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Chronic pain | Depression

Posted Nov 29 2008 10:12am

Saturday, November 29, 2008 

Symptoms of post-traumatic stress disorder (PTSD) are a common co-morbidity in patients with a history of accident-related chronicpain and depression. This study assessed for pain experience, depressive symptoms, anxiety, PTSD symptoms, pain disability, and relevant demographic variables.  

It was found that   PTSD symptoms have a direct influence on severity of depressive symptoms, whereas depressive symptoms have a direct influence on pain intensity and an indirect impact on pain intensity by way of their effect on disability. The results suggest that pain rehabilitation programs provide directed interventions for PTSD symptoms among this population to improve pain treatment outcomes. Roth RS. Geisser ME. Bates R. The relation of post-traumatic stress symptoms to depression and pain in patients with accident-related chronicpain. Journal of Pain. 9(7):588-96, 2008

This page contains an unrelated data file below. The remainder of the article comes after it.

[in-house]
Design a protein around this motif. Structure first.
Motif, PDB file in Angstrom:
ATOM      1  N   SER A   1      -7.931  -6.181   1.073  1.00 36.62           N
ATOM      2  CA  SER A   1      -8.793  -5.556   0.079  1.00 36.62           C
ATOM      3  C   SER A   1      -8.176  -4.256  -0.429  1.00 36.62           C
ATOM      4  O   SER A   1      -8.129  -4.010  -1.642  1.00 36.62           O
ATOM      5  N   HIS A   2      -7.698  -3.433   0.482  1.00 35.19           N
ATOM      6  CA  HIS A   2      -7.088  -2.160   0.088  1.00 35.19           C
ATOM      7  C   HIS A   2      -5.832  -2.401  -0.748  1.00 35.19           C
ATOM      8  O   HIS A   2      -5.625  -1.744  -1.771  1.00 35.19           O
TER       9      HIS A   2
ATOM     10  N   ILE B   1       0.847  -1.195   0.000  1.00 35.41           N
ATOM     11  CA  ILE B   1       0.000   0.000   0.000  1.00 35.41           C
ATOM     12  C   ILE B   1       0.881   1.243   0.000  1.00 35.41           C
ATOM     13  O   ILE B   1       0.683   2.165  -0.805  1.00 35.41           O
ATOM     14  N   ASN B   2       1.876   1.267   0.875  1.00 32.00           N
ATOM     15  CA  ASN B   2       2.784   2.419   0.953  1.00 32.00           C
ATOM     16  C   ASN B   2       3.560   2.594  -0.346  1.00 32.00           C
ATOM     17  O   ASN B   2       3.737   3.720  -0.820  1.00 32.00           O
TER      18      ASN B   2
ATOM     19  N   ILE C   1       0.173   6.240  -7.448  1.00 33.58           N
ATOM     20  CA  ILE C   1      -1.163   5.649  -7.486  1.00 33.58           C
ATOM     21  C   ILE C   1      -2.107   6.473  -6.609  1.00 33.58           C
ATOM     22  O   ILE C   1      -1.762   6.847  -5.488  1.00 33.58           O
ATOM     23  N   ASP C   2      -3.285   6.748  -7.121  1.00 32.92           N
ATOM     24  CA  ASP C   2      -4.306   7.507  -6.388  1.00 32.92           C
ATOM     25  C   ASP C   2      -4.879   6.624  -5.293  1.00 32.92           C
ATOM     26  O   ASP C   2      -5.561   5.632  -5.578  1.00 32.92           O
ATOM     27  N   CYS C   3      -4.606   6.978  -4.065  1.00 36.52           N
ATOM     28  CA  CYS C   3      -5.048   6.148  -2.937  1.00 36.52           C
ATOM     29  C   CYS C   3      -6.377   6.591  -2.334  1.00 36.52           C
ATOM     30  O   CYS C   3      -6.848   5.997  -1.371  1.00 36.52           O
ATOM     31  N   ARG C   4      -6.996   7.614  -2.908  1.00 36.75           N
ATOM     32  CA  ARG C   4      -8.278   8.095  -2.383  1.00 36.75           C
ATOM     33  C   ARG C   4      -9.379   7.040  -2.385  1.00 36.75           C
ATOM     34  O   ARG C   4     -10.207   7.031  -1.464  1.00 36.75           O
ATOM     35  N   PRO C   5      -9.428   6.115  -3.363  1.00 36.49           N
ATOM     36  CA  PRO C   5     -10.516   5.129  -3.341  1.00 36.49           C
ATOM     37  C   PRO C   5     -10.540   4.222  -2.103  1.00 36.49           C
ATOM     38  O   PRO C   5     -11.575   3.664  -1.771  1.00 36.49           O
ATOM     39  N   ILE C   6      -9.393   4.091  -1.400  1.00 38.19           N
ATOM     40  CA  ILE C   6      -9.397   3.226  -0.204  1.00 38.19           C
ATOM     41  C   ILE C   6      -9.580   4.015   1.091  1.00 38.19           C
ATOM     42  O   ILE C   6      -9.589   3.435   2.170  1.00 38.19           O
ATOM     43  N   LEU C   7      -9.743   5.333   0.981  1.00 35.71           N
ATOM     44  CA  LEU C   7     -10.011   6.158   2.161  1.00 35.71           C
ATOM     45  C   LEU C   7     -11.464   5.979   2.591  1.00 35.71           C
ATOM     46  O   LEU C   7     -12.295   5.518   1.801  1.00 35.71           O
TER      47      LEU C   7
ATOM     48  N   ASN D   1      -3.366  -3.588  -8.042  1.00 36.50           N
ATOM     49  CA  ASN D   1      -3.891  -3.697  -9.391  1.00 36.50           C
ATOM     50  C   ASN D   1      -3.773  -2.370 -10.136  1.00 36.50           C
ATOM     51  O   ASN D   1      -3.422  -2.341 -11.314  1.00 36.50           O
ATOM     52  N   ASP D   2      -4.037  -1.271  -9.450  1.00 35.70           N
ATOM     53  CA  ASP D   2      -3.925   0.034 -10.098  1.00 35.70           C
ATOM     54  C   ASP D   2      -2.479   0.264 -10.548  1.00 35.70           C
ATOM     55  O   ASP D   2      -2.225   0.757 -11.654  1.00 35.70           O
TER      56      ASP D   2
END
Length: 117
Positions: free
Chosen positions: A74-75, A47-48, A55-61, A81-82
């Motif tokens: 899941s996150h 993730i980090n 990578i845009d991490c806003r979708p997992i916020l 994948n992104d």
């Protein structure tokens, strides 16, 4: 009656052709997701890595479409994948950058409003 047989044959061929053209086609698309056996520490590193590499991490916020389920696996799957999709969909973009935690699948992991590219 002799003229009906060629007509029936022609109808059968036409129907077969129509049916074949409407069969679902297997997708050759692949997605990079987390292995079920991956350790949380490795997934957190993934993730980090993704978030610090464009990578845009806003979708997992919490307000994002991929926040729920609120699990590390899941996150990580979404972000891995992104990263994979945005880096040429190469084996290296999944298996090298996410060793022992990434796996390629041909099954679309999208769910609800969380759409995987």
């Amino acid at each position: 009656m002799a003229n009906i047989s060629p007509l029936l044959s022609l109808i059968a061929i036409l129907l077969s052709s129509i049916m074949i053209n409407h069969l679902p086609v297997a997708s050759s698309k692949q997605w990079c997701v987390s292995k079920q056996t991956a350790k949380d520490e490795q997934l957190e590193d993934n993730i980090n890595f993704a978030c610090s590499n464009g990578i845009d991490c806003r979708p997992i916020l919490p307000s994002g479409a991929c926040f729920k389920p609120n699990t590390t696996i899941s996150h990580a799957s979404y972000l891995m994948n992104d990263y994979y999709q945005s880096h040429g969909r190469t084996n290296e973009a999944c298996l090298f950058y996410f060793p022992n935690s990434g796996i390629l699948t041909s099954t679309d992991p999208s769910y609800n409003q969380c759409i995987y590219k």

This following study examines the role of self-reported pain, pain diagnosis, age, gender, depression, and the personality trait of self-criticism (defined as individuals' tendency to set unrealistically high self-standards and to adopt a punitive stance toward one's self), in determining physicians' view of expected prognosis in response to chronicpain management.  

Before the first visit to a tertiary chronicpain clinic, patients provided information regarding their perceived pain, depression, and self-criticism. Immediately subsequent to the visit, physicians' evaluated expected prognosis. Participating physicians were blinded to the patient's psychosocial variables collected. Sixty-four patients with chronicpain (34 women and 30 men) with various diagnoses were included.  

Patients' age, gender, pain diagnosis, self-reported pain, and depression did not significantly correlate with physician's estimation of expected prognosis. In contrast, patients' self-criticism emerged as an independent predictor of physicians' pessimism regarding outcome. Thus, in the chronicpain clinic setting, patients' personality, rather than self-reported pain experience, determines doctor's clinical judgment of expected prognosis. Rudich Z. Lerman SF. Gurevich B. Weksler N. Shahar G. Patients' self-criticism is a stronger predictor of physician's evaluation of prognosis than pain diagnosis or severity in chronicpain patients. Journal of Pain. 9(3):210-6, 2008 Mar. 

www.stopmusclepain.com

chronic pain depression

depression, pain, post traumatic stress disorder, self criticism
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